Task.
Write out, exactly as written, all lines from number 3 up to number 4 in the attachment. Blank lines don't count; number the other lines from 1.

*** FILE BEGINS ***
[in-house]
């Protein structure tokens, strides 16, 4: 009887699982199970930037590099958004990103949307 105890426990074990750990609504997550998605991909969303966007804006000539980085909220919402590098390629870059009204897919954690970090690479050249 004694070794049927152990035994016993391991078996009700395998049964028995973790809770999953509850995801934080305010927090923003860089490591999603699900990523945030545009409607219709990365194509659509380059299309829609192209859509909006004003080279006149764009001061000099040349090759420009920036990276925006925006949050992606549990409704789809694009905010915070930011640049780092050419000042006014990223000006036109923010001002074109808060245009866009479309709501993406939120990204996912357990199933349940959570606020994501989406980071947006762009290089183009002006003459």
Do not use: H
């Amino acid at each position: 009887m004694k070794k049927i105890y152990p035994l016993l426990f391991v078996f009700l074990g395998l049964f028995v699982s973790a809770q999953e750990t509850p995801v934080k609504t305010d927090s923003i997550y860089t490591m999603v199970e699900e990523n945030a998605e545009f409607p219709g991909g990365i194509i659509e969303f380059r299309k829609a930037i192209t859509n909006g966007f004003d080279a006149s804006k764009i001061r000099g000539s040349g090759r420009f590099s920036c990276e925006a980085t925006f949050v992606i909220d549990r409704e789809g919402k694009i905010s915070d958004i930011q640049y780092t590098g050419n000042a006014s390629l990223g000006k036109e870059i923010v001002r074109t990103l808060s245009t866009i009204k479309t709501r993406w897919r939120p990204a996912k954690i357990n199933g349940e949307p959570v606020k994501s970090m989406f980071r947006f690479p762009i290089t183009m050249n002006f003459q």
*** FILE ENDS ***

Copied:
Do not use: H
């Amino acid at each position: 009887m004694k070794k049927i105890y152990p035994l016993l426990f391991v078996f009700l074990g395998l049964f028995v699982s973790a809770q999953e750990t509850p995801v934080k609504t305010d927090s923003i997550y860089t490591m999603v199970e699900e990523n945030a998605e545009f409607p219709g991909g990365i194509i659509e969303f380059r299309k829609a930037i192209t859509n909006g966007f004003d080279a006149s804006k764009i001061r000099g000539s040349g090759r420009f590099s920036c990276e925006a980085t925006f949050v992606i909220d549990r409704e789809g919402k694009i905010s915070d958004i930011q640049y780092t590098g050419n000042a006014s390629l990223g000006k036109e870059i923010v001002r074109t990103l808060s245009t866009i009204k479309t709501r993406w897919r939120p990204a996912k954690i357990n199933g349940e949307p959570v606020k994501s970090m989406f980071r947006f690479p762009i290089t183009m050249n002006f003459q």